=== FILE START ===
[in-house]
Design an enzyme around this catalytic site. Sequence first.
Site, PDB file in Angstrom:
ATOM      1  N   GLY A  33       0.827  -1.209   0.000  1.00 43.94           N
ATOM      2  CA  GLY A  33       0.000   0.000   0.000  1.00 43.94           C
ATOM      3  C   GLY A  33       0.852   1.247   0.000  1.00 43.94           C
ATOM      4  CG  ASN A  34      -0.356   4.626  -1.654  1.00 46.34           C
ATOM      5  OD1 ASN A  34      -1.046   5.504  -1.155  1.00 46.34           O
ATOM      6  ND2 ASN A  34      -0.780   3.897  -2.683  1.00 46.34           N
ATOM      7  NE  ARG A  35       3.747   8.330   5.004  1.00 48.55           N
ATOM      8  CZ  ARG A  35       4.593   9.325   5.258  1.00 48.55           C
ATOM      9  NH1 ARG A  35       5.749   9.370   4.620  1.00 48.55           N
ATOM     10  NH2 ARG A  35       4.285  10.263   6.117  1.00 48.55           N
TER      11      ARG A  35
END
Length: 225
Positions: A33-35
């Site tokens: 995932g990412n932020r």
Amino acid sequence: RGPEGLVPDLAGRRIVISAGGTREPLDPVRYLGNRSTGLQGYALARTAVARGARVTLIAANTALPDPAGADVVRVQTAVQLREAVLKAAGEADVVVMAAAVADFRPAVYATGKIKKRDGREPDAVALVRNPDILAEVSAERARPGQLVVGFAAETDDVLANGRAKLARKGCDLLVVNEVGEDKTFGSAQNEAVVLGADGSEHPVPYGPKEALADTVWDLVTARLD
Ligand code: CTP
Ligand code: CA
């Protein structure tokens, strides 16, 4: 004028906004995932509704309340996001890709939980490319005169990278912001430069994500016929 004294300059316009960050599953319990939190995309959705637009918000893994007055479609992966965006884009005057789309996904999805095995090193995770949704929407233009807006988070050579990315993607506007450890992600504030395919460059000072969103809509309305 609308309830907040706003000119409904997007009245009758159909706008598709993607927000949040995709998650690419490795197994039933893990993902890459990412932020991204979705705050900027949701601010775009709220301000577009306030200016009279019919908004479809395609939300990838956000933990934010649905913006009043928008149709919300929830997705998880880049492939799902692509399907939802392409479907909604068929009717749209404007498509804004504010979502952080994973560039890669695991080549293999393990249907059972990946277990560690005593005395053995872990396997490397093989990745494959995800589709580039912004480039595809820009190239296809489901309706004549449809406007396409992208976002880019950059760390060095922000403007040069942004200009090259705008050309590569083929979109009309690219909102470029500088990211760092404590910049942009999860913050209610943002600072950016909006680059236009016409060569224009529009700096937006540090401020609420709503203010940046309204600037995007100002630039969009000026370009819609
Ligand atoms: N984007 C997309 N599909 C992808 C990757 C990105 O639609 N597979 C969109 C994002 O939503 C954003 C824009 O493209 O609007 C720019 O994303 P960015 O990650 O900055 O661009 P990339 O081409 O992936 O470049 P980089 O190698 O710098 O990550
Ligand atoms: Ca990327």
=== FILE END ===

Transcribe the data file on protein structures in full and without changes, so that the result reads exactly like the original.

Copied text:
[in-house]
Design an enzyme around this catalytic site. Sequence first.
Site, PDB file in Angstrom:
ATOM      1  N   GLY A  33       0.827  -1.209   0.000  1.00 43.94           N
ATOM      2  CA  GLY A  33       0.000   0.000   0.000  1.00 43.94           C
ATOM      3  C   GLY A  33       0.852   1.247   0.000  1.00 43.94           C
ATOM      4  CG  ASN A  34      -0.356   4.626  -1.654  1.00 46.34           C
ATOM      5  OD1 ASN A  34      -1.046   5.504  -1.155  1.00 46.34           O
ATOM      6  ND2 ASN A  34      -0.780   3.897  -2.683  1.00 46.34           N
ATOM      7  NE  ARG A  35       3.747   8.330   5.004  1.00 48.55           N
ATOM      8  CZ  ARG A  35       4.593   9.325   5.258  1.00 48.55           C
ATOM      9  NH1 ARG A  35       5.749   9.370   4.620  1.00 48.55           N
ATOM     10  NH2 ARG A  35       4.285  10.263   6.117  1.00 48.55           N
TER      11      ARG A  35
END
Length: 225
Positions: A33-35
């Site tokens: 995932g990412n932020r």
Amino acid sequence: RGPEGLVPDLAGRRIVISAGGTREPLDPVRYLGNRSTGLQGYALARTAVARGARVTLIAANTALPDPAGADVVRVQTAVQLREAVLKAAGEADVVVMAAAVADFRPAVYATGKIKKRDGREPDAVALVRNPDILAEVSAERARPGQLVVGFAAETDDVLANGRAKLARKGCDLLVVNEVGEDKTFGSAQNEAVVLGADGSEHPVPYGPKEALADTVWDLVTARLD
Ligand code: CTP
Ligand code: CA
């Protein structure tokens, strides 16, 4: 004028906004995932509704309340996001890709939980490319005169990278912001430069994500016929 004294300059316009960050599953319990939190995309959705637009918000893994007055479609992966965006884009005057789309996904999805095995090193995770949704929407233009807006988070050579990315993607506007450890992600504030395919460059000072969103809509309305 609308309830907040706003000119409904997007009245009758159909706008598709993607927000949040995709998650690419490795197994039933893990993902890459990412932020991204979705705050900027949701601010775009709220301000577009306030200016009279019919908004479809395609939300990838956000933990934010649905913006009043928008149709919300929830997705998880880049492939799902692509399907939802392409479907909604068929009717749209404007498509804004504010979502952080994973560039890669695991080549293999393990249907059972990946277990560690005593005395053995872990396997490397093989990745494959995800589709580039912004480039595809820009190239296809489901309706004549449809406007396409992208976002880019950059760390060095922000403007040069942004200009090259705008050309590569083929979109009309690219909102470029500088990211760092404590910049942009999860913050209610943002600072950016909006680059236009016409060569224009529009700096937006540090401020609420709503203010940046309204600037995007100002630039969009000026370009819609
Ligand atoms: N984007 C997309 N599909 C992808 C990757 C990105 O639609 N597979 C969109 C994002 O939503 C954003 C824009 O493209 O609007 C720019 O994303 P960015 O990650 O900055 O661009 P990339 O081409 O992936 O470049 P980089 O190698 O710098 O990550
Ligand atoms: Ca990327």